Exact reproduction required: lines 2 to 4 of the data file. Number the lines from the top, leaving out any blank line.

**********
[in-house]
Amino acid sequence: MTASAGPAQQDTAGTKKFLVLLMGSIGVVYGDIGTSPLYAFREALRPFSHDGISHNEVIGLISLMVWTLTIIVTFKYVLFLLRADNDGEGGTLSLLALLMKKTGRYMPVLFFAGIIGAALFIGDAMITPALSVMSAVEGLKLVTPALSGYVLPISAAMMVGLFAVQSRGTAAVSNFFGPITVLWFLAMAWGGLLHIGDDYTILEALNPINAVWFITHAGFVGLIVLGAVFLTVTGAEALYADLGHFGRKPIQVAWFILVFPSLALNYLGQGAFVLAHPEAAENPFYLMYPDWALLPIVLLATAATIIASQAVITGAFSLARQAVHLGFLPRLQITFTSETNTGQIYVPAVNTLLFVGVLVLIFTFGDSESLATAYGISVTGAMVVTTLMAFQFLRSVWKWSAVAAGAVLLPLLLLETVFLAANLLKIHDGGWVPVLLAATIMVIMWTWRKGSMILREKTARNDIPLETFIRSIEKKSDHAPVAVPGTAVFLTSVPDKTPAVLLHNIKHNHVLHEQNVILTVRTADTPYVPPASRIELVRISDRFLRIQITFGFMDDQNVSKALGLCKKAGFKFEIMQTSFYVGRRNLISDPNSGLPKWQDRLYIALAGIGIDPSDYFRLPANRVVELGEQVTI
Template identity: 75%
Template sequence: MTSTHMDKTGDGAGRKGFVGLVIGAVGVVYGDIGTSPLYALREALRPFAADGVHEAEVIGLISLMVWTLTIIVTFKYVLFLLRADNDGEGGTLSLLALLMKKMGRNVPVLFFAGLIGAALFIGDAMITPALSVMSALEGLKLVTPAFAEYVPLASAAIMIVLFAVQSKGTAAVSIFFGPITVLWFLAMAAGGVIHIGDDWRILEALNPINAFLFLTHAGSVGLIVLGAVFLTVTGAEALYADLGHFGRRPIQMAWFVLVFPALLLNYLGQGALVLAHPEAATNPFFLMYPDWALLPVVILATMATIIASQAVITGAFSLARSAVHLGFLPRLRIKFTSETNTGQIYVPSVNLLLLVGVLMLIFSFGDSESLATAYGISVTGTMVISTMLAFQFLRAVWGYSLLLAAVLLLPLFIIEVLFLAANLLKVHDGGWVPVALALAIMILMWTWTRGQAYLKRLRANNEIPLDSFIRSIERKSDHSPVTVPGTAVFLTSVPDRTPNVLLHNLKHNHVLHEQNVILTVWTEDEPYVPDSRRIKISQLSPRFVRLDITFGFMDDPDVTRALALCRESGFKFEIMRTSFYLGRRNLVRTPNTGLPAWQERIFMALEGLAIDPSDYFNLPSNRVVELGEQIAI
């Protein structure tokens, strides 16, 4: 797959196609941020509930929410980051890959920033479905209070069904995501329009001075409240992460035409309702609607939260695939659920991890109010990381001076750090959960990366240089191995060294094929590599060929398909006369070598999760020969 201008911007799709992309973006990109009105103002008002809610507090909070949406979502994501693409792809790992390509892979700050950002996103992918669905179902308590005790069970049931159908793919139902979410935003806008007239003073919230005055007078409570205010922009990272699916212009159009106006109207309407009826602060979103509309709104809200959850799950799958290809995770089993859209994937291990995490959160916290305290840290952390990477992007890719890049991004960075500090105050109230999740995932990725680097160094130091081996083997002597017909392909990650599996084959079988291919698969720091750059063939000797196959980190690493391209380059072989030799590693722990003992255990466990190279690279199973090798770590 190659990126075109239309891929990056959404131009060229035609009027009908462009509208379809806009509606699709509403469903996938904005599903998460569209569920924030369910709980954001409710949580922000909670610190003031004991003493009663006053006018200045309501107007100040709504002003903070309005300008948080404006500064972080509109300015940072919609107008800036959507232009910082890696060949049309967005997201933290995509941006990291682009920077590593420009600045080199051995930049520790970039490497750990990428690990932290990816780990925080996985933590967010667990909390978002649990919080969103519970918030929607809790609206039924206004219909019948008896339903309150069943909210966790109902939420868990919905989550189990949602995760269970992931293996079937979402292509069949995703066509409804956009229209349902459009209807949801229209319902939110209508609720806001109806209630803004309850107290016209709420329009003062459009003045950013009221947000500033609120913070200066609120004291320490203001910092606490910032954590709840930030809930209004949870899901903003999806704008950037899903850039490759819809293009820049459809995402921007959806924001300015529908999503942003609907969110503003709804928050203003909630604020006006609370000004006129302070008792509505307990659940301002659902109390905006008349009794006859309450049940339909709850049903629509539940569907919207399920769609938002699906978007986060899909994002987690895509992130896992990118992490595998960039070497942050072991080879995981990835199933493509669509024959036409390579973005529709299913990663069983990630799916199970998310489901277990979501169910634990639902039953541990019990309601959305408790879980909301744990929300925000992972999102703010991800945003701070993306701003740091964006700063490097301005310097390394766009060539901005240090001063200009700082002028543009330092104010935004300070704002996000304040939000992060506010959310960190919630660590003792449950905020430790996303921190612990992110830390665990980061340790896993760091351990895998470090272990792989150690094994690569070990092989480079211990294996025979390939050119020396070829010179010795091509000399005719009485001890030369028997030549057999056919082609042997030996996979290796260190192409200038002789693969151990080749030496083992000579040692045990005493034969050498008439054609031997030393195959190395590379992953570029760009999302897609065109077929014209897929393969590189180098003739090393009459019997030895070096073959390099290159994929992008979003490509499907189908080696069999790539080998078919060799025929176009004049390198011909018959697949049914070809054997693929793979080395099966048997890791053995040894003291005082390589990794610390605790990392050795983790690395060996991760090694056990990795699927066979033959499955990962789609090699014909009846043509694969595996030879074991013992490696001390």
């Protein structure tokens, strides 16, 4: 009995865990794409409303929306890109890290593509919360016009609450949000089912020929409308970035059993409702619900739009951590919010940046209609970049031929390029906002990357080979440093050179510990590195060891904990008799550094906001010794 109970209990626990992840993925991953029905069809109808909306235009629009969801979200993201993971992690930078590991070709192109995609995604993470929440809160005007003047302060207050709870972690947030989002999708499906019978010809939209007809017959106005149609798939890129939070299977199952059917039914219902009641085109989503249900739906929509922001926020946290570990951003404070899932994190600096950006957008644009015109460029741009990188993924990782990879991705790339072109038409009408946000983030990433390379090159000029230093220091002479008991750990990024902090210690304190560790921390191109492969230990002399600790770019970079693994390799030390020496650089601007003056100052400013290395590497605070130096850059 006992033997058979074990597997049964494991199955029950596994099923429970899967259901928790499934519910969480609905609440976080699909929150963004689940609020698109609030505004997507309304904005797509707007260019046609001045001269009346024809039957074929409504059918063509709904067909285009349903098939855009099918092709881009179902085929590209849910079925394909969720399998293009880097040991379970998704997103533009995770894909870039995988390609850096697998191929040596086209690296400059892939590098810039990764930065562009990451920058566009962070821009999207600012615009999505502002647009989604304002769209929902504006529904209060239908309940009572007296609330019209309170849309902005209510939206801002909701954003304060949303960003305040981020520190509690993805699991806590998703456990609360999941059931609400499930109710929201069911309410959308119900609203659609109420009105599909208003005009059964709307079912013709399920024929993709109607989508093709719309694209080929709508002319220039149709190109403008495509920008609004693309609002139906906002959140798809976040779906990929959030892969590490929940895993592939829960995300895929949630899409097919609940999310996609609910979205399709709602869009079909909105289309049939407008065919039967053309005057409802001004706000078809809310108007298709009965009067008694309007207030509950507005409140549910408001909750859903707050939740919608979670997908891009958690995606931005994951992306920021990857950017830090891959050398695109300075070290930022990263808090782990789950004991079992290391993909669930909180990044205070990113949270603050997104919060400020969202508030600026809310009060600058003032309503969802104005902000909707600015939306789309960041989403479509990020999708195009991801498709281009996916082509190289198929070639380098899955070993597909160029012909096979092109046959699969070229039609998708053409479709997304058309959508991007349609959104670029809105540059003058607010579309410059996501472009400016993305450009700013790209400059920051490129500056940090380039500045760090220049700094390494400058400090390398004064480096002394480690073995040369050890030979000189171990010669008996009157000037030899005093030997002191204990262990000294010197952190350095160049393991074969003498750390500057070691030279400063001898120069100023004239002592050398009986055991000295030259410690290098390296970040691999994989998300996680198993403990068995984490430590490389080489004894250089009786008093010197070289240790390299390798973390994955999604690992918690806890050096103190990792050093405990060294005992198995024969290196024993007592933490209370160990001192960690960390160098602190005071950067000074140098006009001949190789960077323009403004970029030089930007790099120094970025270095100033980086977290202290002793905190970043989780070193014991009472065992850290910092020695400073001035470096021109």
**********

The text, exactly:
Amino acid sequence: MTASAGPAQQDTAGTKKFLVLLMGSIGVVYGDIGTSPLYAFREALRPFSHDGISHNEVIGLISLMVWTLTIIVTFKYVLFLLRADNDGEGGTLSLLALLMKKTGRYMPVLFFAGIIGAALFIGDAMITPALSVMSAVEGLKLVTPALSGYVLPISAAMMVGLFAVQSRGTAAVSNFFGPITVLWFLAMAWGGLLHIGDDYTILEALNPINAVWFITHAGFVGLIVLGAVFLTVTGAEALYADLGHFGRKPIQVAWFILVFPSLALNYLGQGAFVLAHPEAAENPFYLMYPDWALLPIVLLATAATIIASQAVITGAFSLARQAVHLGFLPRLQITFTSETNTGQIYVPAVNTLLFVGVLVLIFTFGDSESLATAYGISVTGAMVVTTLMAFQFLRSVWKWSAVAAGAVLLPLLLLETVFLAANLLKIHDGGWVPVLLAATIMVIMWTWRKGSMILREKTARNDIPLETFIRSIEKKSDHAPVAVPGTAVFLTSVPDKTPAVLLHNIKHNHVLHEQNVILTVRTADTPYVPPASRIELVRISDRFLRIQITFGFMDDQNVSKALGLCKKAGFKFEIMQTSFYVGRRNLISDPNSGLPKWQDRLYIALAGIGIDPSDYFRLPANRVVELGEQVTI
Template identity: 75%
Template sequence: MTSTHMDKTGDGAGRKGFVGLVIGAVGVVYGDIGTSPLYALREALRPFAADGVHEAEVIGLISLMVWTLTIIVTFKYVLFLLRADNDGEGGTLSLLALLMKKMGRNVPVLFFAGLIGAALFIGDAMITPALSVMSALEGLKLVTPAFAEYVPLASAAIMIVLFAVQSKGTAAVSIFFGPITVLWFLAMAAGGVIHIGDDWRILEALNPINAFLFLTHAGSVGLIVLGAVFLTVTGAEALYADLGHFGRRPIQMAWFVLVFPALLLNYLGQGALVLAHPEAATNPFFLMYPDWALLPVVILATMATIIASQAVITGAFSLARSAVHLGFLPRLRIKFTSETNTGQIYVPSVNLLLLVGVLMLIFSFGDSESLATAYGISVTGTMVISTMLAFQFLRAVWGYSLLLAAVLLLPLFIIEVLFLAANLLKVHDGGWVPVALALAIMILMWTWTRGQAYLKRLRANNEIPLDSFIRSIERKSDHSPVTVPGTAVFLTSVPDRTPNVLLHNLKHNHVLHEQNVILTVWTEDEPYVPDSRRIKISQLSPRFVRLDITFGFMDDPDVTRALALCRESGFKFEIMRTSFYLGRRNLVRTPNTGLPAWQERIFMALEGLAIDPSDYFNLPSNRVVELGEQIAI